Granted, there are lousy teachers. Hell, I was saddled with, oh, seven of them through my eight years of elementary school. The one outstanding teacher I had, Miss Tristano in fifth grade, was a full-fledged hero. She’d been teaching at Our Lady of the Angels in December, 1958, when fire tore through the school and killed 92 kids and three nuns.

Iconic Image Of The Our Lady Of The Angels Fire

Anyway, a teacher doesn’t necessarily have to brave an inferno to do heroic things. Take Kathy Loser, the librarian over at Bloomington High School North.

She visits the Book Corner regularly. She dropped in Wednesday, all aflutter. She was consumed by a brilliant new idea that she hopes the school and the bookshop will buy into.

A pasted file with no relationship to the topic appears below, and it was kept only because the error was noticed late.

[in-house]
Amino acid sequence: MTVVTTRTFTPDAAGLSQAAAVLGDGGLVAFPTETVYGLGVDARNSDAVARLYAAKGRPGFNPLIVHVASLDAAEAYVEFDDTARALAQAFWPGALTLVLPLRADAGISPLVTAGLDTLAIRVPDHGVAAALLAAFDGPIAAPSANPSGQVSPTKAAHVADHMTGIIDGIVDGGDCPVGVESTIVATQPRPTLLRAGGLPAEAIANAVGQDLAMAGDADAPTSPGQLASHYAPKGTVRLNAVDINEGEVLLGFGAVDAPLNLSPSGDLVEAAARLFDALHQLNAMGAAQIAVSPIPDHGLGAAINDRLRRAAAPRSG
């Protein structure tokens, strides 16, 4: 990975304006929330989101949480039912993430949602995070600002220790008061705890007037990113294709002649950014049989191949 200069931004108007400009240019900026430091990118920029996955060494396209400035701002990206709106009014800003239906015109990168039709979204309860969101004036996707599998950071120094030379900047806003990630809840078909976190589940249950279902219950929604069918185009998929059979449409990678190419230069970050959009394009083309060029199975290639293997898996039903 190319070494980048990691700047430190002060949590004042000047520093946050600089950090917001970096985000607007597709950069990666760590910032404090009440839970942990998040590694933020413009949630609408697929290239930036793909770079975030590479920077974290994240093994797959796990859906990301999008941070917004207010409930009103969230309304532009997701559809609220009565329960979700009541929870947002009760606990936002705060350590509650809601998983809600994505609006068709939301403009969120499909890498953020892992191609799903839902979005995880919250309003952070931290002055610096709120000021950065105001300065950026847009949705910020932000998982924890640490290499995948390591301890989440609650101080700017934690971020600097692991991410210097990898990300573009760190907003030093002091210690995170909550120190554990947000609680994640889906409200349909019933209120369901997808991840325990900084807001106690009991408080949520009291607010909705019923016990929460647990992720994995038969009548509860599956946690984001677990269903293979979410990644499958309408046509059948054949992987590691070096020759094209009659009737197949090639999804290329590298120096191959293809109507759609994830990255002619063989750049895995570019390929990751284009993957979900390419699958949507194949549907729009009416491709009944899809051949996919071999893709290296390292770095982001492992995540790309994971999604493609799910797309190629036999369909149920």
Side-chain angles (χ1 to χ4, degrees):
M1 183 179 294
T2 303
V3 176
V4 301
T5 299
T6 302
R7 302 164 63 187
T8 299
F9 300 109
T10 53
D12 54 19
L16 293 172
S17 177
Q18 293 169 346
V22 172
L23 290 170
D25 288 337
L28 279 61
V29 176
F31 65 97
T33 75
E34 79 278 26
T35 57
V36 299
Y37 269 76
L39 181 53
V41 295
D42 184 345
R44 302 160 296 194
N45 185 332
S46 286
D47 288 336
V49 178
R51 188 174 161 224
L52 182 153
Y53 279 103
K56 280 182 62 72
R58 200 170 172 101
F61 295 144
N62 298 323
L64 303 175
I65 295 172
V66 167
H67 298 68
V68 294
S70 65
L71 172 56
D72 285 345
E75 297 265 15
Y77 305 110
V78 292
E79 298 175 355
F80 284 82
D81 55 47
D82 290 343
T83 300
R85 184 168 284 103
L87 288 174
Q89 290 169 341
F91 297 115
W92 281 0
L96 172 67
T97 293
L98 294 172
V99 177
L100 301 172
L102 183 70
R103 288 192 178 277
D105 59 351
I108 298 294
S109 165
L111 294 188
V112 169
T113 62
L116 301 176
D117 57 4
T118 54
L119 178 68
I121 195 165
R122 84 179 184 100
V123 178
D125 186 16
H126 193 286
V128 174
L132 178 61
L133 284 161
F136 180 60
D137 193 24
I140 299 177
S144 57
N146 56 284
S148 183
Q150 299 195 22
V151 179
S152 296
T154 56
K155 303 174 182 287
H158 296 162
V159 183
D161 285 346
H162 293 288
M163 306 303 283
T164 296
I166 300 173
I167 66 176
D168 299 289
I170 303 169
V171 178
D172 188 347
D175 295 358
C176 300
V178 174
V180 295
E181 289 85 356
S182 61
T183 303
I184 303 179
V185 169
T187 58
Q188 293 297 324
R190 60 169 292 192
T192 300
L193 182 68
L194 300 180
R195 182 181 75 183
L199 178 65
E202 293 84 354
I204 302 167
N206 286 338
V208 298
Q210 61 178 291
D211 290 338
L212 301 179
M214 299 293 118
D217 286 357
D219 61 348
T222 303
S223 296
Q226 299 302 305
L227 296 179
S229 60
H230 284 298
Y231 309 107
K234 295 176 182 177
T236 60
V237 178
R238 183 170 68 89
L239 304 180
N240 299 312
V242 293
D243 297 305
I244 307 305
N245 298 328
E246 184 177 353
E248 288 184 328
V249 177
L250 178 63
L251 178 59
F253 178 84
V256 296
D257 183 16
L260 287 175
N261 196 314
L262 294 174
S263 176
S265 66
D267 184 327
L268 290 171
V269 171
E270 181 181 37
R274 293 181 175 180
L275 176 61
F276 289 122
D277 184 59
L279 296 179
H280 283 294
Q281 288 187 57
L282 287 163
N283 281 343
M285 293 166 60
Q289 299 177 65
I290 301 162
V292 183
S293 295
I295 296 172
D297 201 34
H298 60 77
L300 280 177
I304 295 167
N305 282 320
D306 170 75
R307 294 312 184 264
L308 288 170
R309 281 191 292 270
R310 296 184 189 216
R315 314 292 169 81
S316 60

Kathy Loser

Here it is:

BHSN is one of the few schools in the nation to sponsor a Habitat for Humanity chapter. The kids have been helping build a home for a family with a couple of young children. The house will be ready to move into next month.

Kathy was watching — what else? — “It’s A Wonderful Life” over the holidays. When she got to the point where the Italian family moves into their new home and the neighbors all welcomed them with gifts of wine and groceries, housewarming seed gifts as it were, Kathy got a brainstorm.

Why not present the new family with seed gifts for a new home library?

Her plan is simple. Some of the kids can make a wooden bookscase for the place. Kids in the social studies classes can draw up a list of kids’ books and some standard reference works that every home should have.

Then, with the help of the attractive and charming Book Corner staff, a kind of new home library registry can be created.